“For China to enhance it’s climate targets or not will be primarily a political and diplomatic decision, and that is precisely why the European engagement at the diplomatic level will be critical for us to unlock further climate ambition from Beijing,” said Li Shuo from Greenpeace China…
    PIC: The influence of Swedish climate activist Greta Thunberg has grown rapidly

    However, many experts are concerned that China won’t show its hand until they know who will be the next president of the United States – that election will take place just six days before the meeting in Glasgow opens…

    To achieve a deal, the UK will need to persuade some of the more reluctant countries like India, Brazil and Australia that it is in their interest to agree to increase their ambitions.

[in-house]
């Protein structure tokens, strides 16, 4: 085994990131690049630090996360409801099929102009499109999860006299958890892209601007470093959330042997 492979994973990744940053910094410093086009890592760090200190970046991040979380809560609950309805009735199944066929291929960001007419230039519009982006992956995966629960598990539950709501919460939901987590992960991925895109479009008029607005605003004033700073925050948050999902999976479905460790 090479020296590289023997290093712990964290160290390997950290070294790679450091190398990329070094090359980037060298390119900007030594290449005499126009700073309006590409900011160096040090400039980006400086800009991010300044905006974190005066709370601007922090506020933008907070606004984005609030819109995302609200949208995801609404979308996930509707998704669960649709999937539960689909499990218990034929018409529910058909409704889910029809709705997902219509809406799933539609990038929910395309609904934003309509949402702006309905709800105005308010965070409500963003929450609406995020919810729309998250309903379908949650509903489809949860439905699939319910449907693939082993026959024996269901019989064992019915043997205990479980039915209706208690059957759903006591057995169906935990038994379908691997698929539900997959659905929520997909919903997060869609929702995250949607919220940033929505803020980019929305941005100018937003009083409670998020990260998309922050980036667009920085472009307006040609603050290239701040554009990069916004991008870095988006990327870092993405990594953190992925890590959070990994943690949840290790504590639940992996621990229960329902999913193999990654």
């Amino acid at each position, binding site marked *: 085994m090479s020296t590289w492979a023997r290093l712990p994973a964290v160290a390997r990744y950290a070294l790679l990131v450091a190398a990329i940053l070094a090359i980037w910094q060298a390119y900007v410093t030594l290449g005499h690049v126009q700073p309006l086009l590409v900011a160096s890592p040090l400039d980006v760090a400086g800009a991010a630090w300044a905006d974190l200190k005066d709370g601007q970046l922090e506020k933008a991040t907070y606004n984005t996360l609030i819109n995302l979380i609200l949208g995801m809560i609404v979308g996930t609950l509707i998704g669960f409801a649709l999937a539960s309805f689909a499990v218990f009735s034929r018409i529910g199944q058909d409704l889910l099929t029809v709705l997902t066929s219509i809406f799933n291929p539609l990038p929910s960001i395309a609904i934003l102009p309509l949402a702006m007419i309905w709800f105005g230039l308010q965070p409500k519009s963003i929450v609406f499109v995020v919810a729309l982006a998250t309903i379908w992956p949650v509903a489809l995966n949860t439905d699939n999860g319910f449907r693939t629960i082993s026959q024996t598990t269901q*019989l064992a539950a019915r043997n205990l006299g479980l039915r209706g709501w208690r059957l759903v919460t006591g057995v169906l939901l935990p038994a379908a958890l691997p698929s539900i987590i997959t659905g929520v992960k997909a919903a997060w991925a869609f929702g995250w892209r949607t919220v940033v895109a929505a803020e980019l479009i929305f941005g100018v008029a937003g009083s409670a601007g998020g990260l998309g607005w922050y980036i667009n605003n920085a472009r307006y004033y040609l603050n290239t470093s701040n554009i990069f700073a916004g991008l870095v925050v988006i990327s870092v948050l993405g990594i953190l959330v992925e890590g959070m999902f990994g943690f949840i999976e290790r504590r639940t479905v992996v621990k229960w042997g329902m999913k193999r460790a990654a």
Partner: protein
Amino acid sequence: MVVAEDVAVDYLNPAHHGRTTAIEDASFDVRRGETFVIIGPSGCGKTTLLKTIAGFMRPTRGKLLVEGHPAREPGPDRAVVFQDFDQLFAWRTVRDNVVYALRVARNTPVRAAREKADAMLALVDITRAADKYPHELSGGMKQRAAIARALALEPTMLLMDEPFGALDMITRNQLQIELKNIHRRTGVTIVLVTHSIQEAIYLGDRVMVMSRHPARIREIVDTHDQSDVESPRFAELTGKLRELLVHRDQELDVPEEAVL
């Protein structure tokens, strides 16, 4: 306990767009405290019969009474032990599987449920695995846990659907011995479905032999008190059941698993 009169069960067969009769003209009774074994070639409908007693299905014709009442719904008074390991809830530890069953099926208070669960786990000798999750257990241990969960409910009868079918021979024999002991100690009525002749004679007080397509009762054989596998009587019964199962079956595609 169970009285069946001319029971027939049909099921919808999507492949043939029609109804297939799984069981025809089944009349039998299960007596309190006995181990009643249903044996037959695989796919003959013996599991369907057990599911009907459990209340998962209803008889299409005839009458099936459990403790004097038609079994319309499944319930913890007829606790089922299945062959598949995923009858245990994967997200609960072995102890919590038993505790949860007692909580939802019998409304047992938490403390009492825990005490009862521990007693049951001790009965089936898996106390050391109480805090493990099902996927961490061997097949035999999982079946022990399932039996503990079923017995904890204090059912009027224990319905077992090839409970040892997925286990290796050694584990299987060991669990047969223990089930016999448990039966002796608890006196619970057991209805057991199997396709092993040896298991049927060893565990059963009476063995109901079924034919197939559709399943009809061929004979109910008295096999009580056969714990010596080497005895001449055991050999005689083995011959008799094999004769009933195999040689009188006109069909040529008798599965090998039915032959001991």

Rachel Kyte is now Dean of the Fletcher School at Tufts University, but was previously the World Bank’s special envoy on climate change.
    She believes that agreement in Glasgow will need the UK to help shift the narrative – that a new climate deal offers more opportunities for countries than challenges.

    “This is completely within our means. Most of the technology we need, we have. Most of the finance we have, ***it’s just sloshing around in the economy just really inefficiently purposed at the moment,” she said…
    https://www.bbc.com/news/science-environment-51229604

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    • #
      el gordo

      ‘To achieve a deal, the UK will need to persuade some of the more reluctant countries like India, Brazil and Australia that it is in their interest to agree to increase their ambitions.’

      India, Brazil and Australia can see with their own eyes that this is meaningless if China keeps building coal fired power stations. We have no ambition to go broke for a myth.

      10

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        hatband